medical records including psychological and neuropsychological reports and
providing information about psychological and neuropsychological issues. †

The psychologist will often appear in either depositions or court hearings as
an expert witness to explain and answer questions about the assessment. †

Employment or Fitness for Duty Assessment

Psychological testing can be applied to the screening of applicants for
special employment situations to ensure that applicants are psychologically
healthy and suited to the tasks of the job.† Examples of situations that may
warrant fitness for duty evaluation include law enforcement, clergy, military,
or jobs requiring a security clearance. †

Vocational Assessment

Vocational testing typically centers on making optimal recommendations
about which occupations best fit an individual.† Such evaluations may
evaluate such elements as career development background, occupational
interests, vocational aptitudes, learning style, work habits and behaviors,
personal and social skills, values and attitudes towards work, self-concept,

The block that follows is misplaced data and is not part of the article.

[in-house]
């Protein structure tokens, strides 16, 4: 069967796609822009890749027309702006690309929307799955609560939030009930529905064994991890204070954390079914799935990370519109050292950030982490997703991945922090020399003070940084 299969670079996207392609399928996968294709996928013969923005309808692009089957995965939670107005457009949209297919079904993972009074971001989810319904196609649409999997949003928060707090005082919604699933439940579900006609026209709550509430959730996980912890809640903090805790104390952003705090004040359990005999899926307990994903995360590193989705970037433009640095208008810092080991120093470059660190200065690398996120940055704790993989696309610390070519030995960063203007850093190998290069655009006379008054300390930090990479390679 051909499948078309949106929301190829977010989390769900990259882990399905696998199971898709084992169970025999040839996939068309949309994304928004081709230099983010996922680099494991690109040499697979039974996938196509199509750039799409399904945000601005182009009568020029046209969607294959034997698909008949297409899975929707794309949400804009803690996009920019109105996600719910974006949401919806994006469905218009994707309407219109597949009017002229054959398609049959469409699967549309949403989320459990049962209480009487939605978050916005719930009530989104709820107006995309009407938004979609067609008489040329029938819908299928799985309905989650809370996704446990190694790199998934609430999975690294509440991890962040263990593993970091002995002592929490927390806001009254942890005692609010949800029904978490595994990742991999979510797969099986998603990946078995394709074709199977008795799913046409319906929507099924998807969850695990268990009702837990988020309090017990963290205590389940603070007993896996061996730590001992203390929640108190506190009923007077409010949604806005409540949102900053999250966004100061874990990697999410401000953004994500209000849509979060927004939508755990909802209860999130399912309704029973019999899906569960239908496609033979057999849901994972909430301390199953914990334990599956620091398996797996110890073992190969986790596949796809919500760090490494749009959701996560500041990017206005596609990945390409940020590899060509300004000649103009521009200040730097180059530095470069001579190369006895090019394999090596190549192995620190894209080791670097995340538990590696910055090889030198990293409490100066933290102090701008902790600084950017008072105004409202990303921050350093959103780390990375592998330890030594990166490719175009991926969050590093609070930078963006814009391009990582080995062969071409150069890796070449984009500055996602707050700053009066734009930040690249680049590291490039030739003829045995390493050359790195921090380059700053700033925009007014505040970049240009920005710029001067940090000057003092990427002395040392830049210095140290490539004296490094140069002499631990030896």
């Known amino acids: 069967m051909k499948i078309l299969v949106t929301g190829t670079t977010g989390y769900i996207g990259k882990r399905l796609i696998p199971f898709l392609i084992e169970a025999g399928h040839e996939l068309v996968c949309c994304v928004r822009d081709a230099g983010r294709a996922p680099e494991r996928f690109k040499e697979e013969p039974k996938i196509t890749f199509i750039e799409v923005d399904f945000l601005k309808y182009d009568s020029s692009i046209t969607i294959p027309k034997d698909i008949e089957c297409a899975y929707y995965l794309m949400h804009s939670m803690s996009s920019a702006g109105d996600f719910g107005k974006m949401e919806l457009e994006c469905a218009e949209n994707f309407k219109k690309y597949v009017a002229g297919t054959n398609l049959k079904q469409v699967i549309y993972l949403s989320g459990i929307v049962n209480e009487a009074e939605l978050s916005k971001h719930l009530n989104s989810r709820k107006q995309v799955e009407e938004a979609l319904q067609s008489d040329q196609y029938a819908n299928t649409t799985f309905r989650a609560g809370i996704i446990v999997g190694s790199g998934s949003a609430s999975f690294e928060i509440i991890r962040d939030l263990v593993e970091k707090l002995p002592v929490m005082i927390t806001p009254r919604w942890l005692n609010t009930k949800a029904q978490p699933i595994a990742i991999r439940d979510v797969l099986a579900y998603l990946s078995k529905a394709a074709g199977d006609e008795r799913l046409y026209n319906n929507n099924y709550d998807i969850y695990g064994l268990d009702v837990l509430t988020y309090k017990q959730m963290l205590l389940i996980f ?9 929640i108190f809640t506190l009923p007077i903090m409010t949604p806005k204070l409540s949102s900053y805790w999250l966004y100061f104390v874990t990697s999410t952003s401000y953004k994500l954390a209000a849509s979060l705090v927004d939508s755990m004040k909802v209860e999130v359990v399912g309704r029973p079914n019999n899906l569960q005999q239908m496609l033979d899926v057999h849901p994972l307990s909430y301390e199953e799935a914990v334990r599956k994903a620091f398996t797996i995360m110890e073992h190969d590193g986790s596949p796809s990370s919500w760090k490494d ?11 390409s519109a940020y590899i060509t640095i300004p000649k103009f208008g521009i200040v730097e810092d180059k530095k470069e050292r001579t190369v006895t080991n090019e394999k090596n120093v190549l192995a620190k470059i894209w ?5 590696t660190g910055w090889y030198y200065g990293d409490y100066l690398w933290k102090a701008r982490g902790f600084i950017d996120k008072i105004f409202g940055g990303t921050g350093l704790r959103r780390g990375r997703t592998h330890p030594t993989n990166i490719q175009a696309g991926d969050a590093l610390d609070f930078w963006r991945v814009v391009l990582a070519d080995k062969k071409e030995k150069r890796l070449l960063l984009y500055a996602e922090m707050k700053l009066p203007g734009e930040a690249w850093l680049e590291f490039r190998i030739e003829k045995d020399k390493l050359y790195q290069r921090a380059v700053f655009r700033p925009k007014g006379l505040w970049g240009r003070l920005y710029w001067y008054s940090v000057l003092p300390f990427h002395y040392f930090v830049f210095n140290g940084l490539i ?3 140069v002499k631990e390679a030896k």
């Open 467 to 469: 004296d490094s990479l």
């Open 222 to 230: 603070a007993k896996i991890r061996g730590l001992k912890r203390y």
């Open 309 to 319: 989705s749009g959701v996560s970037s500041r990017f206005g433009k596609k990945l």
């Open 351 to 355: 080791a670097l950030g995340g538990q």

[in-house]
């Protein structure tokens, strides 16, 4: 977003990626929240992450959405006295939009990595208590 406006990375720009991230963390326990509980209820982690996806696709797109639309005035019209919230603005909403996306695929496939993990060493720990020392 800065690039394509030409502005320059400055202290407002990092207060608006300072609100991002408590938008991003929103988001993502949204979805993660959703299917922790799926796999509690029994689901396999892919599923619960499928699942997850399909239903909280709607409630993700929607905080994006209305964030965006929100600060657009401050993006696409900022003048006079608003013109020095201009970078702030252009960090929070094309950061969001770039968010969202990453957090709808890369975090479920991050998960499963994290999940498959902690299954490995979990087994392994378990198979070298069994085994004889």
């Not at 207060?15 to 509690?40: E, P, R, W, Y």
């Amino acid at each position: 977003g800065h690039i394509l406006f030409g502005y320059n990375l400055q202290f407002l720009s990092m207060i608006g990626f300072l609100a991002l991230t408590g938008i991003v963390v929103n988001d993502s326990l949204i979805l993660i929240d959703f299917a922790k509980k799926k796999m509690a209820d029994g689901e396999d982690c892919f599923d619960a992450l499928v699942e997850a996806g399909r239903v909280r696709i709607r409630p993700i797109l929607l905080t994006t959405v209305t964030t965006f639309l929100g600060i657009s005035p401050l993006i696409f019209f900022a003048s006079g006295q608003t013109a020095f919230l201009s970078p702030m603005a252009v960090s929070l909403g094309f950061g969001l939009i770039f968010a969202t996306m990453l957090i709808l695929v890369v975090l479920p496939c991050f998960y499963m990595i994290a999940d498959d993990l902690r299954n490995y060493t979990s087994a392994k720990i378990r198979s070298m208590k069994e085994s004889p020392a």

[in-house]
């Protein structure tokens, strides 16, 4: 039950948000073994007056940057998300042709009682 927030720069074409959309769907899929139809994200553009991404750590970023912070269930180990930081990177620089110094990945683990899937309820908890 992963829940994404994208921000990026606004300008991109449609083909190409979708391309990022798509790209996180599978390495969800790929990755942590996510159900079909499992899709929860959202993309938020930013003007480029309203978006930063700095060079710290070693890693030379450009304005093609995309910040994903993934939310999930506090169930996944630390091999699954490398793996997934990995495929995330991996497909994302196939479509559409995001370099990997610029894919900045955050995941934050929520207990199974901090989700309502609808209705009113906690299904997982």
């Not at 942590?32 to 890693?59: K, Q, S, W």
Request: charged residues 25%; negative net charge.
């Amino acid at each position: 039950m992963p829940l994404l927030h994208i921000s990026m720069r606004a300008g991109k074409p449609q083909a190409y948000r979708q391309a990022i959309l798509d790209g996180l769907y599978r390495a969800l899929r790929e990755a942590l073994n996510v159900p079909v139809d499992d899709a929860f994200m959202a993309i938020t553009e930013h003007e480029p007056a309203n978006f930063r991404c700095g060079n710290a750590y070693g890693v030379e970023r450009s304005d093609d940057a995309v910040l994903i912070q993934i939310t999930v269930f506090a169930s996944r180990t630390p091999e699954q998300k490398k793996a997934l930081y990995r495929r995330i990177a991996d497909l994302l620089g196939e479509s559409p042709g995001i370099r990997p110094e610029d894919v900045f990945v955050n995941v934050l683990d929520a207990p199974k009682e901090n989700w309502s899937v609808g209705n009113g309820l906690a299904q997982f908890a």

and work tolerances. †

Such evaluations are useful for adolescents and young adults selecting from
among various career directions and the necessary preparation for those
careers.† Testing can recommend types of remedial strategies that will lead
to improved vocational preparation.† Testing can also be useful for people
considering a midlife career change and the steps required for a successful
transition, such as additional education or training. †

Custody Assessment

The primary purpose of a custody evaluation is to make recommendations
for assigning custody, allowing access to, and making parenting decisions
about children where parents are unable to resolve their own agreement.†
Decisions regarding child custody occur within several legal contexts,
including parental divorce, guardianship, neglect or abuse proceedings, and
termination of parental rights.† The evaluatorís goal is to assess the best
psychological interests of the child. †

The focus of the evaluation is on parenting capacity, the psychological and
developmental needs of the child, and the resulting fit between the two.†
The psychologist does not give any opinion regarding the psychological
functioning of any individual who has not been personally evaluated.† Areas
for assessment may include continuity and quality of attachments, childís
preference for living situation, parental alienation, any special needs of the
child, the impact of custody on the childís education, gender issues, sibling
relationships, each parentís physical and psychiatric health, parentsí work
schedules and finances, styles of parenting and discipline, parentsí
conflict-resolution skills, social support systems, cultural and religious
issues, and parentsí ethics and values systems.

Click here to view the Los Angeles Psychodiagnostic Assessment Directory

What is Psychological Testing?